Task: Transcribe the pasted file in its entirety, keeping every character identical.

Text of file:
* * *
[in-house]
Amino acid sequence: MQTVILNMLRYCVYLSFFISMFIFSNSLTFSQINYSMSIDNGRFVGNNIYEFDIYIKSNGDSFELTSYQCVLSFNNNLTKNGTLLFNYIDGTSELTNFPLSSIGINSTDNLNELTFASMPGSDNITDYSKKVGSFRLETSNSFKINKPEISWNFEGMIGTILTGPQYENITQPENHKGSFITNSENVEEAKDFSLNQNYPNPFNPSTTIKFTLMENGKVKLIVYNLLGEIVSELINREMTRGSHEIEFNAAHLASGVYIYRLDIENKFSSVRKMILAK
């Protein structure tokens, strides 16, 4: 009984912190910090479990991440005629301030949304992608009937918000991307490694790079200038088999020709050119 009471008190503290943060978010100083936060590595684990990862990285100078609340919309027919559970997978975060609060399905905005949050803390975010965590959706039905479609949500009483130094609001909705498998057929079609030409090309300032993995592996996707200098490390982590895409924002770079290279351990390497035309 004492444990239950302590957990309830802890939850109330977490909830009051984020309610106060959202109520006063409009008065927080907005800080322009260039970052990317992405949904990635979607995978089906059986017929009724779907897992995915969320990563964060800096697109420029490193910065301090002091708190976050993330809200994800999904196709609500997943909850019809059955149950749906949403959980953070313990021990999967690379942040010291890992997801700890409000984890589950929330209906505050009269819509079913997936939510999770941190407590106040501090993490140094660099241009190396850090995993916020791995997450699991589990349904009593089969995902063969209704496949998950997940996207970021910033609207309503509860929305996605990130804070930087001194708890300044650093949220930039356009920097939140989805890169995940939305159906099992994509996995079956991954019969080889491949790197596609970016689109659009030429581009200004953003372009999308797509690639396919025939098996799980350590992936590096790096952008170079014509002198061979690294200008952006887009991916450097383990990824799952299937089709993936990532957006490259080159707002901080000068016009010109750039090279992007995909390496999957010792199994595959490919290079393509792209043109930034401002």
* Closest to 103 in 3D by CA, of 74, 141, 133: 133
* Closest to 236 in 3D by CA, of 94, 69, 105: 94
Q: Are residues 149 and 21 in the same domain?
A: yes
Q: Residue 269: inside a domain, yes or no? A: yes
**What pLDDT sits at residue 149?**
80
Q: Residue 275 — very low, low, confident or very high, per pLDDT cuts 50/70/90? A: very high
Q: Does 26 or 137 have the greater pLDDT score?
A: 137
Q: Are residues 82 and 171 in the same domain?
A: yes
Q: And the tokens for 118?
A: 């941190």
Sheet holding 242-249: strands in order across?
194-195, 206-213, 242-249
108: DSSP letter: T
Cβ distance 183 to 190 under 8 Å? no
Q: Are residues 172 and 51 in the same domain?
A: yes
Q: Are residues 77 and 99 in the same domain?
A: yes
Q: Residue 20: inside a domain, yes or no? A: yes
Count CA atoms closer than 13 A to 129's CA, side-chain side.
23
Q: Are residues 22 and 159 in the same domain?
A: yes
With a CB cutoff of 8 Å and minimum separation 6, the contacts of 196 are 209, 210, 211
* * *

[in-house]
Amino acid sequence: MQTVILNMLRYCVYLSFFISMFIFSNSLTFSQINYSMSIDNGRFVGNNIYEFDIYIKSNGDSFELTSYQCVLSFNNNLTKNGTLLFNYIDGTSELTNFPLSSIGINSTDNLNELTFASMPGSDNITDYSKKVGSFRLETSNSFKINKPEISWNFEGMIGTILTGPQYENITQPENHKGSFITNSENVEEAKDFSLNQNYPNPFNPSTTIKFTLMENGKVKLIVYNLLGEIVSELINREMTRGSHEIEFNAAHLASGVYIYRLDIENKFSSVRKMILAK
């Protein structure tokens, strides 16, 4: 009984912190910090479990991440005629301030949304992608009937918000991307490694790079200038088999020709050119 009471008190503290943060978010100083936060590595684990990862990285100078609340919309027919559970997978975060609060399905905005949050803390975010965590959706039905479609949500009483130094609001909705498998057929079609030409090309300032993995592996996707200098490390982590895409924002770079290279351990390497035309 004492444990239950302590957990309830802890939850109330977490909830009051984020309610106060959202109520006063409009008065927080907005800080322009260039970052990317992405949904990635979607995978089906059986017929009724779907897992995915969320990563964060800096697109420029490193910065301090002091708190976050993330809200994800999904196709609500997943909850019809059955149950749906949403959980953070313990021990999967690379942040010291890992997801700890409000984890589950929330209906505050009269819509079913997936939510999770941190407590106040501090993490140094660099241009190396850090995993916020791995997450699991589990349904009593089969995902063969209704496949998950997940996207970021910033609207309503509860929305996605990130804070930087001194708890300044650093949220930039356009920097939140989805890169995940939305159906099992994509996995079956991954019969080889491949790197596609970016689109659009030429581009200004953003372009999308797509690639396919025939098996799980350590992936590096790096952008170079014509002198061979690294200008952006887009991916450097383990990824799952299937089709993936990532957006490259080159707002901080000068016009010109750039090279992007995909390496999957010792199994595959490919290079393509792209043109930034401002």
* Closest to 103 in 3D by CA, of 74, 141, 133: 133
* Closest to 236 in 3D by CA, of 94, 69, 105: 94
Q: Are residues 149 and 21 in the same domain?
A: yes
Q: Residue 269: inside a domain, yes or no? A: yes
**What pLDDT sits at residue 149?**
80
Q: Residue 275 — very low, low, confident or very high, per pLDDT cuts 50/70/90? A: very high
Q: Does 26 or 137 have the greater pLDDT score?
A: 137
Q: Are residues 82 and 171 in the same domain?
A: yes
Q: And the tokens for 118?
A: 């941190």
Sheet holding 242-249: strands in order across?
194-195, 206-213, 242-249
108: DSSP letter: T
Cβ distance 183 to 190 under 8 Å? no
Q: Are residues 172 and 51 in the same domain?
A: yes
Q: Are residues 77 and 99 in the same domain?
A: yes
Q: Residue 20: inside a domain, yes or no? A: yes
Count CA atoms closer than 13 A to 129's CA, side-chain side.
23
Q: Are residues 22 and 159 in the same domain?
A: yes
With a CB cutoff of 8 Å and minimum separation 6, the contacts of 196 are 209, 210, 211